...and for the first time since the release of version 1, Midori was powerful! Unfortunately, the change put him over the top. He was by no means unbeatable; because of thindecking, this version is particularly vulnerable to disruptive chips like Stolen Purples and Color Panic! Still, he was probably the best character, and had oppressive matchups against a lot of the cast. If the opponents happened to be playing a character without good short term defense, they got pummeled before they could ever get going.

    The final tweak gave him even more money, but stopped his deck thinning ability. This balanced his matchups a bit more; he is more resistant to aggressive disruption, but slower against economic strategies.

    [​IMG] [​IMG] [​IMG]

    Midori's come a long way since his less than stellar debut. He has more bite than ever before, but still falls short of feeling overpowered. However, what I like most about his chips is how much they fit Midori's flavor as a character. If you play by his honor-bound rules, you're going to get your teeth kicked in. But if you play "cheap" and attack him with disruptive chips, he can seem downright wimpy!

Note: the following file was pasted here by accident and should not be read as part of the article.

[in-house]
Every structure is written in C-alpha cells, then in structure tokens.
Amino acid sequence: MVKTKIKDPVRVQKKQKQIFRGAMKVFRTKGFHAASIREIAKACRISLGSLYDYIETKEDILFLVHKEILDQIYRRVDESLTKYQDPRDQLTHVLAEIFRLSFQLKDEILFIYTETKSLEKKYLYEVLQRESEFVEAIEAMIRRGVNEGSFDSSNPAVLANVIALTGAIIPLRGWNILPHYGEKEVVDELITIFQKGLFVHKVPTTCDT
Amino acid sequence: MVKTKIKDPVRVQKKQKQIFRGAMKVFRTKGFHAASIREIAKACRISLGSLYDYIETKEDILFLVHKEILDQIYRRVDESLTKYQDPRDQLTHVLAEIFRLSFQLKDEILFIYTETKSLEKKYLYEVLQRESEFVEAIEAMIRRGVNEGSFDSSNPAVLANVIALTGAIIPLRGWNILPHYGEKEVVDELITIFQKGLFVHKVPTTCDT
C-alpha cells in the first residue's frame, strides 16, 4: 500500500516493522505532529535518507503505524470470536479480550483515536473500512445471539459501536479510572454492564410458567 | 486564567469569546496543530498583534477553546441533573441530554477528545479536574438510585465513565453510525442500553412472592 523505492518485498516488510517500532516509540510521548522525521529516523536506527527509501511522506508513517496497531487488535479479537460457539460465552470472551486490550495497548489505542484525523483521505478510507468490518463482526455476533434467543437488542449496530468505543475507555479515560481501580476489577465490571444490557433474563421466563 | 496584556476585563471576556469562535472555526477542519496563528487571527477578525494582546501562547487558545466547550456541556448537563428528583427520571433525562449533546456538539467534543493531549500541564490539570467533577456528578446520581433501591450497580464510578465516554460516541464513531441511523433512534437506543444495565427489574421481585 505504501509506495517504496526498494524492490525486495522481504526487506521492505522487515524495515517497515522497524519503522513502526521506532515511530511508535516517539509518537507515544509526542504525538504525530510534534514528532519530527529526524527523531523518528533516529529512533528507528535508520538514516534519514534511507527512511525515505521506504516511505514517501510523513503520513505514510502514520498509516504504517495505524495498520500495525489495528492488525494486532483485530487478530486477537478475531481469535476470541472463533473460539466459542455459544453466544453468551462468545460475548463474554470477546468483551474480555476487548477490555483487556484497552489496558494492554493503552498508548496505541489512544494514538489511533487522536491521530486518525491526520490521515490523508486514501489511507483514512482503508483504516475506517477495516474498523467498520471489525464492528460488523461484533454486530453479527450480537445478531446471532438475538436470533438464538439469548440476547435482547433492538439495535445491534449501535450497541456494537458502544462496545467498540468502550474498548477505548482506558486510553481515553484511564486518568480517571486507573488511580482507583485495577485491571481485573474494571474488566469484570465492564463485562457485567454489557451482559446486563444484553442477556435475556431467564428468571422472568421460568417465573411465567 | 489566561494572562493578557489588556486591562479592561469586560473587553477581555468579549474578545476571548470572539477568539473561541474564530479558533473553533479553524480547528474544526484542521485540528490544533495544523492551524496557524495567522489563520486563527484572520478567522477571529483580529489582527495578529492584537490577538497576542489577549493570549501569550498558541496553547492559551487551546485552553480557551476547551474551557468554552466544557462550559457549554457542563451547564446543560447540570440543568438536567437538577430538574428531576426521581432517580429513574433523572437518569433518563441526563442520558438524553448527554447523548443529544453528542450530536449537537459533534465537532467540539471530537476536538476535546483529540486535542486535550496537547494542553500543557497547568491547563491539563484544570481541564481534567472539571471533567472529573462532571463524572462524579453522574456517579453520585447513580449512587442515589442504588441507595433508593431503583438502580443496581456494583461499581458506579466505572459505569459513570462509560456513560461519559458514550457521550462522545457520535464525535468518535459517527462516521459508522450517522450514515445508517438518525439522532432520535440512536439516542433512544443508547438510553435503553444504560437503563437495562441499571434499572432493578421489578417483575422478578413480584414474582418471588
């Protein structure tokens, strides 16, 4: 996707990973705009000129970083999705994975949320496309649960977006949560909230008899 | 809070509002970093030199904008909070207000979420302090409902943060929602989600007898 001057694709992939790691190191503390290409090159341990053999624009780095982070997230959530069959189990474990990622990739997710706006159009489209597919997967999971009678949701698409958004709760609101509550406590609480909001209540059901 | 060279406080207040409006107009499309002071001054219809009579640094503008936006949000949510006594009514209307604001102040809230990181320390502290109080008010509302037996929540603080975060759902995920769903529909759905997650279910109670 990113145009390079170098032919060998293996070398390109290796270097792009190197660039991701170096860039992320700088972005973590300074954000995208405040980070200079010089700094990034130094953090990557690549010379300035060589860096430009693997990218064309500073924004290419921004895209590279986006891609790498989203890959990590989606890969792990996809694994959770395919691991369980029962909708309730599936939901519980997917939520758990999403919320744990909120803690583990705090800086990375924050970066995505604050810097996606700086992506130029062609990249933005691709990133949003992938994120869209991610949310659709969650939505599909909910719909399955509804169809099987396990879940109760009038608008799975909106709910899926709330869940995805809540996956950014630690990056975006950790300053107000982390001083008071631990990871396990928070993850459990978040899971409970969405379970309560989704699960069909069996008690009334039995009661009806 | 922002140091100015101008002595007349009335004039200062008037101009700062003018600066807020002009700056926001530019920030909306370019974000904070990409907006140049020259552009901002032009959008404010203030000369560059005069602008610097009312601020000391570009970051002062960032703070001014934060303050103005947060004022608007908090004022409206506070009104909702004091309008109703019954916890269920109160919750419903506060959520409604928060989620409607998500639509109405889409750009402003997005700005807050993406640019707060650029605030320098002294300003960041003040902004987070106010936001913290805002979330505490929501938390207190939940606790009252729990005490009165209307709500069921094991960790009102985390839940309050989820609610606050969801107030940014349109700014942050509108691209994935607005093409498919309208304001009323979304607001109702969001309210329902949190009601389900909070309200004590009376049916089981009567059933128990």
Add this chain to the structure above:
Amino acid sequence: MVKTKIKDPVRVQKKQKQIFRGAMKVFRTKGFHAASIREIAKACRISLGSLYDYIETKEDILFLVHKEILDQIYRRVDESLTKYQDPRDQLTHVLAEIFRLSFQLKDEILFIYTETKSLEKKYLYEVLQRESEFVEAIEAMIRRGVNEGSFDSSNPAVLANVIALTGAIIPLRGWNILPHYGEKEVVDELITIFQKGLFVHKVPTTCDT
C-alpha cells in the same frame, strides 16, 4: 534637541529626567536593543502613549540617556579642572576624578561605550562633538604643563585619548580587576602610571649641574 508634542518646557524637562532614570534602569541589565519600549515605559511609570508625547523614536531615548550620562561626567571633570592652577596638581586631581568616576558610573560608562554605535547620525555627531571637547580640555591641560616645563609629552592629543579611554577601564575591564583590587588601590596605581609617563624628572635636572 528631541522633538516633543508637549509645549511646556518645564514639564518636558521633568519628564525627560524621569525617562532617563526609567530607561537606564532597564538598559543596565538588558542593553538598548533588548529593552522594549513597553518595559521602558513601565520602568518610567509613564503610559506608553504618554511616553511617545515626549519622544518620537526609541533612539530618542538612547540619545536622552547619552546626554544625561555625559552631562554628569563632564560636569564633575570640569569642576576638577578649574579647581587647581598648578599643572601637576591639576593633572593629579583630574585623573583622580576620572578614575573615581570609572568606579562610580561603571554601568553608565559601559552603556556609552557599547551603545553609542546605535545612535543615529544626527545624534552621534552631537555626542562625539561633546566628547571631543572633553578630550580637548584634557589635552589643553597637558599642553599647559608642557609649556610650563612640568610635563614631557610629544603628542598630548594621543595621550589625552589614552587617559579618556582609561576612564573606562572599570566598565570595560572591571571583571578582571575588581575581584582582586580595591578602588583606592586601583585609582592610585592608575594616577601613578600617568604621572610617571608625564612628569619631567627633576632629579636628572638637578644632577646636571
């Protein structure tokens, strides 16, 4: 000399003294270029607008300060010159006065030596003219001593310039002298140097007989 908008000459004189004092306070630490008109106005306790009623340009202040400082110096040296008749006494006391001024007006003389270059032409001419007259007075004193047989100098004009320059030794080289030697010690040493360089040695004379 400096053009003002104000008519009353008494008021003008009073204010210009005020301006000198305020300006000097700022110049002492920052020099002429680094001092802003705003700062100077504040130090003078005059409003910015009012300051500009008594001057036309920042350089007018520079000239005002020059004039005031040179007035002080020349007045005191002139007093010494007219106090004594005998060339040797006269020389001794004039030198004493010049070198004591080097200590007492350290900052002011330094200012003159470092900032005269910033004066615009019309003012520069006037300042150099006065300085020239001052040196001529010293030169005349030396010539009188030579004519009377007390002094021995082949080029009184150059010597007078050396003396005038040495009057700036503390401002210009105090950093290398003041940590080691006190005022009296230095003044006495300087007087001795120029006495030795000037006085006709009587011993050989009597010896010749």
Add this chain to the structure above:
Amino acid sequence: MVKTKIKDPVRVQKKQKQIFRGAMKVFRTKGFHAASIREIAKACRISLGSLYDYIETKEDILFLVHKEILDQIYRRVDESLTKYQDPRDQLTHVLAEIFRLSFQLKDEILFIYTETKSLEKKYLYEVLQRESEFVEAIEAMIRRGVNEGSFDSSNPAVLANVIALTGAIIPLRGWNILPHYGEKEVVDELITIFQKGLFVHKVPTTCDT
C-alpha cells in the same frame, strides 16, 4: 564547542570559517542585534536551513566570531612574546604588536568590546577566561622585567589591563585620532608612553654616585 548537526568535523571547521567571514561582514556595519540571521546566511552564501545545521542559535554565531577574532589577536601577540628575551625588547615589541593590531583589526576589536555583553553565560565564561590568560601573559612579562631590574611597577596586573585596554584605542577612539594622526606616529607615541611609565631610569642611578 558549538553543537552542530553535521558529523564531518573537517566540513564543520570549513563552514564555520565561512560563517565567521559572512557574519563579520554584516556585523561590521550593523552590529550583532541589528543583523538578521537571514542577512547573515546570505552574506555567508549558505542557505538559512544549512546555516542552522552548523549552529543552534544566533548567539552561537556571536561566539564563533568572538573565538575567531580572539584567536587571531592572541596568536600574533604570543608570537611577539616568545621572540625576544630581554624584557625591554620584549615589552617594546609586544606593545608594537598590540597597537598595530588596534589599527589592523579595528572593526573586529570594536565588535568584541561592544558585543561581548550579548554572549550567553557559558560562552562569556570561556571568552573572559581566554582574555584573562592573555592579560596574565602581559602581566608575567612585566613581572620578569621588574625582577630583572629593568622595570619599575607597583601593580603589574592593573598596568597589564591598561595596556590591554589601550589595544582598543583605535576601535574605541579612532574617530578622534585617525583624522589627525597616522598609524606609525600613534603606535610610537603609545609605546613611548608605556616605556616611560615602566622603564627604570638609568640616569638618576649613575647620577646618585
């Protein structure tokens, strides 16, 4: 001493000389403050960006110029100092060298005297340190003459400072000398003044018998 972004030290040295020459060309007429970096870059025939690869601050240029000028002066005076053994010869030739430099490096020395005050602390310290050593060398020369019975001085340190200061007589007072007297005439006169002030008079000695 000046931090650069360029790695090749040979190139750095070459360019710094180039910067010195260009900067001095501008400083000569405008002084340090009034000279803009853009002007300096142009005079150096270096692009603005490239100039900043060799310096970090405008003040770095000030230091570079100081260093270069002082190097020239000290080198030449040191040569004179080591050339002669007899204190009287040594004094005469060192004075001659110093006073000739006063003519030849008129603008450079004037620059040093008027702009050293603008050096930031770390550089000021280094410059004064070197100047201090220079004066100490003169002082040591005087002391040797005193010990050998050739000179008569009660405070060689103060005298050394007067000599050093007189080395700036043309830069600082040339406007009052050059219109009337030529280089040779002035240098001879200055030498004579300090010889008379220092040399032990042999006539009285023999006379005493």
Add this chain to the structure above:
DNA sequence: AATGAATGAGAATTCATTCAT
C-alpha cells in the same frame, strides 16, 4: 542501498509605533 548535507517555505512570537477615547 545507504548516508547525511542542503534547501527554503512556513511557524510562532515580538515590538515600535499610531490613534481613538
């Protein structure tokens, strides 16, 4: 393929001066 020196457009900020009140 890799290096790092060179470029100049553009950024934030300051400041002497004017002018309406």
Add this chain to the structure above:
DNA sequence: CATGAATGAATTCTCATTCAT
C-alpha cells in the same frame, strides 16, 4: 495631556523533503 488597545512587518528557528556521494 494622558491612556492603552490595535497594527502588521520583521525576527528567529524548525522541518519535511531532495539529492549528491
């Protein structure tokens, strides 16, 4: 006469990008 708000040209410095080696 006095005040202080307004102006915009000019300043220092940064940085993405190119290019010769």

Previous Article: History of Secret Move
    Next Article: History of Zane in Puzzle Strike

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  2. Turbo164

    Turbo164 Well-Known Member

    Good read! (viva post here so we can give you a Like too! :p )

    At what point was Dragon Form changed to its current version?
  3. Star Slayer

    Star Slayer Well-Known Member